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Monday, 17 January 2011
By Elizabeth Baines
This novel immediately takes the reader into a world of vivid detail and thought-provoking imagery. The writing is full of well-observed, deliciously minute detail. In the opening chapters I particularly like the description of the Professor, ‘The candyfloss tuft on his head, his gob-stopper eyeballs, lips like a twist of half-blown bubble gum’. And, in a beautifully evocative phrase, ‘The fat around the meat became pocked with rows of deep holes, each hole somehow shocking and filled with pink light’.
The novel traces the story of Zelda, about to give birth in an environment which is trying to restrict and regiment her. Elizabeth Baines uses a very clever juxtaposition of ideas to illustrate and enrich the story; life and death, fecundity and sterility, natural and synthetic. The themes of fascination with birds, the natural world and food also run through the story.
She plays with time and the succession of events, and uses this to maximise the impact of the contrasting ideas. At one point, where present story and back story meet, she contrasts the concepts of increasing the dosage of drugs in childbirth with strengthening the spell with magic and herbs in a childhood memory to great effect.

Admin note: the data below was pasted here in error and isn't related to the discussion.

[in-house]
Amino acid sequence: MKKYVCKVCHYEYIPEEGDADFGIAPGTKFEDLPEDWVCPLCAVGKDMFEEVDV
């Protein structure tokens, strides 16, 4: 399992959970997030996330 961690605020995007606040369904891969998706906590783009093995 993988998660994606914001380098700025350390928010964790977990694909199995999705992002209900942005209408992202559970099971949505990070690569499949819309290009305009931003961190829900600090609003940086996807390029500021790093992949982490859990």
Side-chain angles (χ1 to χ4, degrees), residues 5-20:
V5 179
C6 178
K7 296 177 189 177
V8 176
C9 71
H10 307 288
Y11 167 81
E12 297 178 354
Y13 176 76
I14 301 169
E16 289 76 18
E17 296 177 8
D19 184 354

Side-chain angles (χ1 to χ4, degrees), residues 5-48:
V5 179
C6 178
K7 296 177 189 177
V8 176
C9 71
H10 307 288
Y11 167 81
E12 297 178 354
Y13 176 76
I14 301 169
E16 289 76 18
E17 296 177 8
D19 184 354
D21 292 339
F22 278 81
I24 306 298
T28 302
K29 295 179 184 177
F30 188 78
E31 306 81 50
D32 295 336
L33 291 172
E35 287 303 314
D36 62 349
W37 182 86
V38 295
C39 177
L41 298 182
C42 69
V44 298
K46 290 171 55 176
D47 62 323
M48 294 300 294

The story of Zelda’s experience of giving birth has fragments of a half-forgotten fairy tale woven in and a mystery lost in the past runs through it increasing the tension of the narrative.
There’s plenty here to keep you reading - suspense, mystery and the sheer beauty and skill of the writing.
There’s also a very interesting author’s note at the end which explains about the publication history of the book. I’m not going to say too much about that though because I think anyone reading this novel should just come to it as it is and then read the author’s note and reflect on its implications afterwards.
I highly recommend this novel both for the intelligent handling of the themes and the pleasure of the reading experience.
Reviewed by Helen M Hunt
This book was kindly provided to Bookersatz for review by the author. Book published by Salt and available here.
Thursday, 6 January 2011
By Katie MacAlister
This book was a pleasure to read, but it’s quite hard to describe. It’s a tale with fantastical and historical themes, but also with one foot in a world that seems very real and characters that feel very contemporary.
A lot of its success is dependent on the strength and likability of the two main characters.
Tully Sullivan finds herself sucked out of her normal and everyday life into a world where everyone else is trying to convince her that, not only is she really called Ysolde de Bouchier, but also that she is in fact a dragon. Needless to say, this is not something she readily accepts.
She comes face to face with her dragon mate – Baltic, and a large part of the novel is devoted to exploring their relationship in a way that keeps you wondering about its exact nature to the end. Baltic is a great character complex and dangerous, but also immensely attractive.
Tully also has to unpick the events of the past to find out why the other dragons want to sentence her to death, and what Baltic has done to annoy everyone.
The novel has a mix of fantasy, drama, adventure and humour that works really well.
I understand that this book follows on from some others written by Katie MacAlister which feature some of the same characters, so if you are keen on this genre I would recommend checking those out as well.
Reviewed by Helen M Hunt
This book was kindly provided to Bookersatz for review by the publisher.